Already 4 million
tonnes handled at the Port of Gdansk
February turned out to be another successful month at the quays of the Port of Gdansk. A total volume of tonnes handled by stevedores at the quays owned by the Port rates at 2,213,658 tonnes i.e. 703,266 tonnes more as compared with February last year.
A significant drop in terms of cargo handling vis-a-vis February 2003 was reported solely for coal. That drop amounts to 137,109 tonnes, whilst the handling volume totaled 386,904 tonnes, although such a circumstance had been easily predicted. Additionally, grain handling volume was on a decrease (7,109 tonnes), however, when it comes to the February bulk cargo outcome, the Gdansk stevedores handled 218,835 tonnes (a growth by 3,816 tonnes). Similarly, in terms of general cargo an increased volume was reported at the Gdansk quays (by 116,232 tonnes) - 269,807 tonnes. Last but not least, the most successful cargo group - liquid fuels that, solely in February, rated at 1,330,638 of handled tonnes (720,692 tonnes more vs. February 2003).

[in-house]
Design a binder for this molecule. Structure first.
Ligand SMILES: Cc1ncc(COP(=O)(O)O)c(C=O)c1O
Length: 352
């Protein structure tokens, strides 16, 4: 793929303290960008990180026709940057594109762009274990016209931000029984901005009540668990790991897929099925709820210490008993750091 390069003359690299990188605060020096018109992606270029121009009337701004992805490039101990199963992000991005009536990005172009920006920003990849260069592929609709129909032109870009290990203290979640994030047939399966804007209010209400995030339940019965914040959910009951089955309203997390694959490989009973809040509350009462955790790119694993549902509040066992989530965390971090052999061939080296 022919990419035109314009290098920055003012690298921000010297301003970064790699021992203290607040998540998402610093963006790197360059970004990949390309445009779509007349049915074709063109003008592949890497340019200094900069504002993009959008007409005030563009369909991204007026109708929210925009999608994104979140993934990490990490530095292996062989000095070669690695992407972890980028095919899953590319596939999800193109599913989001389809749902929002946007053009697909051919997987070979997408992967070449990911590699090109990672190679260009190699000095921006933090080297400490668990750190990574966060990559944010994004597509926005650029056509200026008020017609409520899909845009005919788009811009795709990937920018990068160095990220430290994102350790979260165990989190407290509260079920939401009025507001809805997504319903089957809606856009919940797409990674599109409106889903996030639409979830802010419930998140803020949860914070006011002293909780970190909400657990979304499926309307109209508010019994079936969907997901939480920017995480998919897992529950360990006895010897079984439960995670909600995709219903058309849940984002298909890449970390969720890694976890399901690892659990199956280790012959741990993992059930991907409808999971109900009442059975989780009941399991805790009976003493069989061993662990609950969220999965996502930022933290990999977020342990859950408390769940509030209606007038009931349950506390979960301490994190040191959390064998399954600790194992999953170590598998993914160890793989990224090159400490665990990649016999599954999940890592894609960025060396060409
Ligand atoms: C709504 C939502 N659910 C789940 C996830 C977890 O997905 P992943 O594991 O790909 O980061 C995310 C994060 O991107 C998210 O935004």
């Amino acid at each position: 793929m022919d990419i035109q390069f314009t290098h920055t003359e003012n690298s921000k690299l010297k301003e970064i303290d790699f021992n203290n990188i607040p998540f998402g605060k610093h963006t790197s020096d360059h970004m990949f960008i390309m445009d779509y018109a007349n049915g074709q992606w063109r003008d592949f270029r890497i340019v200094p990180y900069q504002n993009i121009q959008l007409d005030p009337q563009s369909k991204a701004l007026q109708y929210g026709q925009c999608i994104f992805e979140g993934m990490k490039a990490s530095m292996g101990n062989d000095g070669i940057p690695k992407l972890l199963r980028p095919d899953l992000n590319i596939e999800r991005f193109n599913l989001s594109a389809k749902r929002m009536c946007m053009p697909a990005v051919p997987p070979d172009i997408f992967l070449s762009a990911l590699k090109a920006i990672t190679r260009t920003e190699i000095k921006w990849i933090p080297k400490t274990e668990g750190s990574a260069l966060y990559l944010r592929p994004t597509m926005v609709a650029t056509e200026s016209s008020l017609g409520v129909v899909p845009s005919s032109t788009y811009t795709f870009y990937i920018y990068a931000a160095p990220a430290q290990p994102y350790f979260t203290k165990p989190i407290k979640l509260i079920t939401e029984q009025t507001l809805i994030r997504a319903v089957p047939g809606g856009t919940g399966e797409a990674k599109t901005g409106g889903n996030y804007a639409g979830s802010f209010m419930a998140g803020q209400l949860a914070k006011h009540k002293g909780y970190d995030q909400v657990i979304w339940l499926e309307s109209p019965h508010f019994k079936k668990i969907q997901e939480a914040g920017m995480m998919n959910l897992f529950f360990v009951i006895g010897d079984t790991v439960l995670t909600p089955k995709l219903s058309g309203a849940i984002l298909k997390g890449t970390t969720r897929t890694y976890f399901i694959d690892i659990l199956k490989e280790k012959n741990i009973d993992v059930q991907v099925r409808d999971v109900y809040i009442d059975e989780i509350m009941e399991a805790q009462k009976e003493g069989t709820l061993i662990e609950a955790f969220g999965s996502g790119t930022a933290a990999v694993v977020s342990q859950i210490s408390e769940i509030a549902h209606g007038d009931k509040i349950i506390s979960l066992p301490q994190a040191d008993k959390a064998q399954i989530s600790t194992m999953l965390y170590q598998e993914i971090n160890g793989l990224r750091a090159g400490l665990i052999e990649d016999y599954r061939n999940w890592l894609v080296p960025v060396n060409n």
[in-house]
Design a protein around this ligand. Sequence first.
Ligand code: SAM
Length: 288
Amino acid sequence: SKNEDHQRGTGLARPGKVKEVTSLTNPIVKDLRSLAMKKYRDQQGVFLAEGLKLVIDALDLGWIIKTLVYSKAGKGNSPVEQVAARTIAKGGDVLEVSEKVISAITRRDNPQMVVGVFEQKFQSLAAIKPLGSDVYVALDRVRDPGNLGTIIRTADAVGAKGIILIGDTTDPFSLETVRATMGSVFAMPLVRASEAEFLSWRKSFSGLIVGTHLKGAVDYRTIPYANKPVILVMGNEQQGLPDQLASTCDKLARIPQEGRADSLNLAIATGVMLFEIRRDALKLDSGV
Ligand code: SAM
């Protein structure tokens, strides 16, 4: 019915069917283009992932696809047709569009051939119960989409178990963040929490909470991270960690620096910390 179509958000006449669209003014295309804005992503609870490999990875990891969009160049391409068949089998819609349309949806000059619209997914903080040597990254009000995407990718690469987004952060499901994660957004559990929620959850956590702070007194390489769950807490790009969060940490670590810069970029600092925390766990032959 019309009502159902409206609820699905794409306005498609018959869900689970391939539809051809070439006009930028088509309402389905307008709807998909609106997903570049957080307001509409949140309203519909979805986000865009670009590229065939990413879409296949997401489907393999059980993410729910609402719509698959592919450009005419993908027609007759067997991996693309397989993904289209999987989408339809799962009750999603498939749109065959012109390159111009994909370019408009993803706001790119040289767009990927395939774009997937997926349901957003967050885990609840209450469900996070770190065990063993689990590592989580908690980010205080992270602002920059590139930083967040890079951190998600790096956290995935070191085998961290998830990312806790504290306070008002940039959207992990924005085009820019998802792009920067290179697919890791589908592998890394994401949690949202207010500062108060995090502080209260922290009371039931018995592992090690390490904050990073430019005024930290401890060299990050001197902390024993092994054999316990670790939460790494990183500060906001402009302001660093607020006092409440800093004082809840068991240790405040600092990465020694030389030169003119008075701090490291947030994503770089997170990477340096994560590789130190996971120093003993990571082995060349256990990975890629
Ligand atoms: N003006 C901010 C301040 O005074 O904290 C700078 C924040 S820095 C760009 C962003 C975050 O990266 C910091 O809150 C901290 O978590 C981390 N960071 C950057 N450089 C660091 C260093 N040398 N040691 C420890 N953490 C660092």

This has been a second successful month this year for the Gdansk stevedores. As a result, during the two-month time, at the port's quays, a total volume of 3,954,568 tonnes of various cargoes was handled that accounts for an increased turnover by nearly 1 million tonnes (952,606 tonnes to be exact).
The major share is taken by liquid fuels - 2,333,237 tonnes, of which the largest volume is transit oil (only in February that volume amounted to 1 million tonnes). Worth mentioning is the outcome in terms of general cargo handling that totaled 566,791 tonnes. This rate of handling was achieved due to the increased demand for rolled products that are of great interest to the lively markets of China and Korea. Among so-called other bulk cargo, 484,200 tonnes were handled at the Port mainly owing to the calls of two vessels that came to collect sulphur. A slight drop was reported for grain handling - merely 24,594 tonnes were handled at the Port of Gdansk. This came as a consequence of the reduced malt turnover in import. The most painful drop, nearly by half, occurred in terms of coal of which as little as 545,081 tonnes went through the Port of Gdansk. It came as a result of the mining restructuring process that was coupled by a shortage of financial aid towards the coal export. The only consolation, if any, could be in the fact that such an occurrence had actually been envisaged and, therefore, came as no surprise.